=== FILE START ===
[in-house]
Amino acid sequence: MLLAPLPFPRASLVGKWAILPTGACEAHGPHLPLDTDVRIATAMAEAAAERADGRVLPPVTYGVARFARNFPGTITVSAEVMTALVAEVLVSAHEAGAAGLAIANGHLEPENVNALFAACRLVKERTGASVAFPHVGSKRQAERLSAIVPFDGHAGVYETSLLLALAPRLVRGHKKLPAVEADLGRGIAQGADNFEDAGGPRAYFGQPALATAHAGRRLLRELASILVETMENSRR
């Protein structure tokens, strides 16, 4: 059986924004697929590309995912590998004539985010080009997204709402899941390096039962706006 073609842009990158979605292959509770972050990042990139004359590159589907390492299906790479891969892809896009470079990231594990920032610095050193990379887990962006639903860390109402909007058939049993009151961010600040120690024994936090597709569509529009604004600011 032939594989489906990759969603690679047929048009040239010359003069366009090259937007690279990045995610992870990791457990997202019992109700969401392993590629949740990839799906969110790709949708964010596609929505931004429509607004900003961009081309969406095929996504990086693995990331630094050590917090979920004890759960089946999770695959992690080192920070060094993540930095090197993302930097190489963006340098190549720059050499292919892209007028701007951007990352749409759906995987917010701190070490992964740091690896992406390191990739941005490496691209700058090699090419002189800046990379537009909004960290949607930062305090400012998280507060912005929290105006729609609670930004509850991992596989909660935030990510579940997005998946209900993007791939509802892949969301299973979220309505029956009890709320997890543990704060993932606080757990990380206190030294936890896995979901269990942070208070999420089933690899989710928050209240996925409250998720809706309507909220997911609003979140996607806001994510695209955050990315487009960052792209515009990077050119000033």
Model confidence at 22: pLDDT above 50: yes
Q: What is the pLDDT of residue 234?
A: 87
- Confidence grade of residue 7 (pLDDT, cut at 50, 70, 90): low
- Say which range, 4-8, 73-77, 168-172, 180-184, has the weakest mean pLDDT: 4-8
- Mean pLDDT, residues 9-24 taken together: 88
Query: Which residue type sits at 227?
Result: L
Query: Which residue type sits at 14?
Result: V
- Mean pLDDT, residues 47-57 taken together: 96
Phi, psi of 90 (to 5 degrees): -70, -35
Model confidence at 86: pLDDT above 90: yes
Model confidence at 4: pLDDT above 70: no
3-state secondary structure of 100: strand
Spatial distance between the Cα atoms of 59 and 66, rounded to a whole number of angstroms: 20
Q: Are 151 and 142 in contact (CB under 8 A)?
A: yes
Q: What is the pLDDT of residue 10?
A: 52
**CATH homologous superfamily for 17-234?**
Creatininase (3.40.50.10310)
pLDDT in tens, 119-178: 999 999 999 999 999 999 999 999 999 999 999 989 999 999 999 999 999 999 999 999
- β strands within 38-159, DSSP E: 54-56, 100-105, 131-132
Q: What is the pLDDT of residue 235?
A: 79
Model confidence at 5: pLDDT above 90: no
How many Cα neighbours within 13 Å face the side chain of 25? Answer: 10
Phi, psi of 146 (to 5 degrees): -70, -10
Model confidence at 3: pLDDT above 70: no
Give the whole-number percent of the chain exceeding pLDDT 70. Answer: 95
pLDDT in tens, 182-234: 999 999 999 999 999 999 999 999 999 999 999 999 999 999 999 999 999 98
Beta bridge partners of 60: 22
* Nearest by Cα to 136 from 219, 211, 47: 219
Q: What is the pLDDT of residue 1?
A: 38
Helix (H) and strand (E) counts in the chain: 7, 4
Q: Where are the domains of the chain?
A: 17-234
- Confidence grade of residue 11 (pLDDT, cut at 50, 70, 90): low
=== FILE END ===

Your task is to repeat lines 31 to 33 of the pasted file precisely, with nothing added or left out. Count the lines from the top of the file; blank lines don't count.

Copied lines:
How many Cα neighbours within 13 Å face the side chain of 25? Answer: 10
Phi, psi of 146 (to 5 degrees): -70, -10
Model confidence at 3: pLDDT above 70: no